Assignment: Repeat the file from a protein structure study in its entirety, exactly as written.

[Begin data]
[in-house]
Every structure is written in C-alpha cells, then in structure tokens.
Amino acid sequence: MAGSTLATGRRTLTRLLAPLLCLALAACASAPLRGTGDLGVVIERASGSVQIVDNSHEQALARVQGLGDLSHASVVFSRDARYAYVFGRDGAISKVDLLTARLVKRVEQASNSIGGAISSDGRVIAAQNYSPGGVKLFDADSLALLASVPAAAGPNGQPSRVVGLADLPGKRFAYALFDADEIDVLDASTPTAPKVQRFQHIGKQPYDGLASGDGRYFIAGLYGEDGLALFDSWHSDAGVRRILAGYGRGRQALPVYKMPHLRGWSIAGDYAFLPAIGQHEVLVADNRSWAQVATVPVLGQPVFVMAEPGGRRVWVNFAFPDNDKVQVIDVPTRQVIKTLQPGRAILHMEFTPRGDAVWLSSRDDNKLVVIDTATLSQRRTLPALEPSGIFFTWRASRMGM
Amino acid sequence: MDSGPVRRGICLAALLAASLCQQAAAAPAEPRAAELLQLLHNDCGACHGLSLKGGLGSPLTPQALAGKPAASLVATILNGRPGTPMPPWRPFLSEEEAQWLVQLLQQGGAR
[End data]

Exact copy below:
[in-house]
Every structure is written in C-alpha cells, then in structure tokens.
Amino acid sequence: MAGSTLATGRRTLTRLLAPLLCLALAACASAPLRGTGDLGVVIERASGSVQIVDNSHEQALARVQGLGDLSHASVVFSRDARYAYVFGRDGAISKVDLLTARLVKRVEQASNSIGGAISSDGRVIAAQNYSPGGVKLFDADSLALLASVPAAAGPNGQPSRVVGLADLPGKRFAYALFDADEIDVLDASTPTAPKVQRFQHIGKQPYDGLASGDGRYFIAGLYGEDGLALFDSWHSDAGVRRILAGYGRGRQALPVYKMPHLRGWSIAGDYAFLPAIGQHEVLVADNRSWAQVATVPVLGQPVFVMAEPGGRRVWVNFAFPDNDKVQVIDVPTRQVIKTLQPGRAILHMEFTPRGDAVWLSSRDDNKLVVIDTATLSQRRTLPALEPSGIFFTWRASRMGM
Amino acid sequence: MDSGPVRRGICLAALLAASLCQQAAAAPAEPRAAELLQLLHNDCGACHGLSLKGGLGSPLTPQALAGKPAASLVATILNGRPGTPMPPWRPFLSEEEAQWLVQLLQQGGAR